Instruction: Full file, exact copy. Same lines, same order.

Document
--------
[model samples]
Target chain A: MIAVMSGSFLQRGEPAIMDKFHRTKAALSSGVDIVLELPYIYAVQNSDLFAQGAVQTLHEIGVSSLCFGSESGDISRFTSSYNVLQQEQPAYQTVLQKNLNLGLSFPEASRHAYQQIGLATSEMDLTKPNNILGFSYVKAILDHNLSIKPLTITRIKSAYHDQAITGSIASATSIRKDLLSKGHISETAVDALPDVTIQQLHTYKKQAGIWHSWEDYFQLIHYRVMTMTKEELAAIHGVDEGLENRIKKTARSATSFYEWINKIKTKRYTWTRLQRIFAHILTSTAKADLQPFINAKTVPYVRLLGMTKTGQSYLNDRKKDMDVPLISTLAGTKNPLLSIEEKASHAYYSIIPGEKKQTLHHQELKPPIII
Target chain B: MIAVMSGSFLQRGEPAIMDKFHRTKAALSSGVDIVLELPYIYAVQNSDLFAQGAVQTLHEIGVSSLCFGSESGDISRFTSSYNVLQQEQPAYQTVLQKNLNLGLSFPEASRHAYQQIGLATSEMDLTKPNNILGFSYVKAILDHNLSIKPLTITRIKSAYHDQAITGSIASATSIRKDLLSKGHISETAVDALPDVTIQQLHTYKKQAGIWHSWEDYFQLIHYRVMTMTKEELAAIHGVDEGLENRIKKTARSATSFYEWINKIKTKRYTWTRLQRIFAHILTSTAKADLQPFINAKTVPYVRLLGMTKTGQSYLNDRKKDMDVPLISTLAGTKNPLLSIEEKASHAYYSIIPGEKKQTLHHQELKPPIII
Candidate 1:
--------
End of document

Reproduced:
[model samples]
Target chain A: MIAVMSGSFLQRGEPAIMDKFHRTKAALSSGVDIVLELPYIYAVQNSDLFAQGAVQTLHEIGVSSLCFGSESGDISRFTSSYNVLQQEQPAYQTVLQKNLNLGLSFPEASRHAYQQIGLATSEMDLTKPNNILGFSYVKAILDHNLSIKPLTITRIKSAYHDQAITGSIASATSIRKDLLSKGHISETAVDALPDVTIQQLHTYKKQAGIWHSWEDYFQLIHYRVMTMTKEELAAIHGVDEGLENRIKKTARSATSFYEWINKIKTKRYTWTRLQRIFAHILTSTAKADLQPFINAKTVPYVRLLGMTKTGQSYLNDRKKDMDVPLISTLAGTKNPLLSIEEKASHAYYSIIPGEKKQTLHHQELKPPIII
Target chain B: MIAVMSGSFLQRGEPAIMDKFHRTKAALSSGVDIVLELPYIYAVQNSDLFAQGAVQTLHEIGVSSLCFGSESGDISRFTSSYNVLQQEQPAYQTVLQKNLNLGLSFPEASRHAYQQIGLATSEMDLTKPNNILGFSYVKAILDHNLSIKPLTITRIKSAYHDQAITGSIASATSIRKDLLSKGHISETAVDALPDVTIQQLHTYKKQAGIWHSWEDYFQLIHYRVMTMTKEELAAIHGVDEGLENRIKKTARSATSFYEWINKIKTKRYTWTRLQRIFAHILTSTAKADLQPFINAKTVPYVRLLGMTKTGQSYLNDRKKDMDVPLISTLAGTKNPLLSIEEKASHAYYSIIPGEKKQTLHHQELKPPIII
Candidate 1: